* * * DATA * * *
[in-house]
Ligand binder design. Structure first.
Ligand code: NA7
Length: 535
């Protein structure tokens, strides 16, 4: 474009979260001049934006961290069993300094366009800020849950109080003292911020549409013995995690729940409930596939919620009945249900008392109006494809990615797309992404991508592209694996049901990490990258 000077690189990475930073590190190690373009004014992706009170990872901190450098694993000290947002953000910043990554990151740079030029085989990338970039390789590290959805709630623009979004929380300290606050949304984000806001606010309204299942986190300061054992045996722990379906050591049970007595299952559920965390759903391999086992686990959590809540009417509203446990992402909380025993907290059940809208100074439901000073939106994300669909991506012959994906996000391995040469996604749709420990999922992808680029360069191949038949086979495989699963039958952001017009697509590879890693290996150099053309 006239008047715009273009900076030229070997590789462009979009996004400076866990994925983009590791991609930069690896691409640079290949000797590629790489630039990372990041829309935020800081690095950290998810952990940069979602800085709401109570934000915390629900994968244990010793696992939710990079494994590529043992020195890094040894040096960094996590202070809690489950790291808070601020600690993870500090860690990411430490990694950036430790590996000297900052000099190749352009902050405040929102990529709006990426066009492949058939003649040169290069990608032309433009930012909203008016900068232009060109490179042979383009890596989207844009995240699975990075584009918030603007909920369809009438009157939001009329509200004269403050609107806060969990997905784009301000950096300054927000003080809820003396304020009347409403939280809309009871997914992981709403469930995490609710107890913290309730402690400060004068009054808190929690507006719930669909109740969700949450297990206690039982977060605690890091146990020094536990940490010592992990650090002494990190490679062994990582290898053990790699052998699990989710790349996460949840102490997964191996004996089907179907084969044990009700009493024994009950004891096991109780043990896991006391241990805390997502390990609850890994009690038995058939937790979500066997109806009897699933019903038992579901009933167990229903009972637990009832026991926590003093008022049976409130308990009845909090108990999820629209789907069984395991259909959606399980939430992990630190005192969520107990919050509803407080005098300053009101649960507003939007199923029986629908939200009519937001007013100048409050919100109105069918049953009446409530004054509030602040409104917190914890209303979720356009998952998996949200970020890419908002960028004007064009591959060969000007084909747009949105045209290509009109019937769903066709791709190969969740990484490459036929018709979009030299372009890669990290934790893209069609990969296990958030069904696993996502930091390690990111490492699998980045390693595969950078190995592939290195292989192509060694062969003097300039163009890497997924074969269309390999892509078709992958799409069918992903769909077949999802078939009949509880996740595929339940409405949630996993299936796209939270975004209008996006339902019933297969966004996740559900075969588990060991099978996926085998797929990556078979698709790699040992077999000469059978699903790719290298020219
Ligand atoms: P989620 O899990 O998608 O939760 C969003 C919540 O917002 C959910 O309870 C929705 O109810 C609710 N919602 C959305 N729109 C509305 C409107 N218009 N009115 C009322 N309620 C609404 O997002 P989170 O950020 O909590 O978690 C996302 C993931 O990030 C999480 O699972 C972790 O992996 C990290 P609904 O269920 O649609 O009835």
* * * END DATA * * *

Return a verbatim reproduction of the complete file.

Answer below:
[in-house]
Ligand binder design. Structure first.
Ligand code: NA7
Length: 535
């Protein structure tokens, strides 16, 4: 474009979260001049934006961290069993300094366009800020849950109080003292911020549409013995995690729940409930596939919620009945249900008392109006494809990615797309992404991508592209694996049901990490990258 000077690189990475930073590190190690373009004014992706009170990872901190450098694993000290947002953000910043990554990151740079030029085989990338970039390789590290959805709630623009979004929380300290606050949304984000806001606010309204299942986190300061054992045996722990379906050591049970007595299952559920965390759903391999086992686990959590809540009417509203446990992402909380025993907290059940809208100074439901000073939106994300669909991506012959994906996000391995040469996604749709420990999922992808680029360069191949038949086979495989699963039958952001017009697509590879890693290996150099053309 006239008047715009273009900076030229070997590789462009979009996004400076866990994925983009590791991609930069690896691409640079290949000797590629790489630039990372990041829309935020800081690095950290998810952990940069979602800085709401109570934000915390629900994968244990010793696992939710990079494994590529043992020195890094040894040096960094996590202070809690489950790291808070601020600690993870500090860690990411430490990694950036430790590996000297900052000099190749352009902050405040929102990529709006990426066009492949058939003649040169290069990608032309433009930012909203008016900068232009060109490179042979383009890596989207844009995240699975990075584009918030603007909920369809009438009157939001009329509200004269403050609107806060969990997905784009301000950096300054927000003080809820003396304020009347409403939280809309009871997914992981709403469930995490609710107890913290309730402690400060004068009054808190929690507006719930669909109740969700949450297990206690039982977060605690890091146990020094536990940490010592992990650090002494990190490679062994990582290898053990790699052998699990989710790349996460949840102490997964191996004996089907179907084969044990009700009493024994009950004891096991109780043990896991006391241990805390997502390990609850890994009690038995058939937790979500066997109806009897699933019903038992579901009933167990229903009972637990009832026991926590003093008022049976409130308990009845909090108990999820629209789907069984395991259909959606399980939430992990630190005192969520107990919050509803407080005098300053009101649960507003939007199923029986629908939200009519937001007013100048409050919100109105069918049953009446409530004054509030602040409104917190914890209303979720356009998952998996949200970020890419908002960028004007064009591959060969000007084909747009949105045209290509009109019937769903066709791709190969969740990484490459036929018709979009030299372009890669990290934790893209069609990969296990958030069904696993996502930091390690990111490492699998980045390693595969950078190995592939290195292989192509060694062969003097300039163009890497997924074969269309390999892509078709992958799409069918992903769909077949999802078939009949509880996740595929339940409405949630996993299936796209939270975004209008996006339902019933297969966004996740559900075969588990060991099978996926085998797929990556078979698709790699040992077999000469059978699903790719290298020219
Ligand atoms: P989620 O899990 O998608 O939760 C969003 C919540 O917002 C959910 O309870 C929705 O109810 C609710 N919602 C959305 N729109 C509305 C409107 N218009 N009115 C009322 N309620 C609404 O997002 P989170 O950020 O909590 O978690 C996302 C993931 O990030 C999480 O699972 C972790 O992996 C990290 P609904 O269920 O649609 O009835």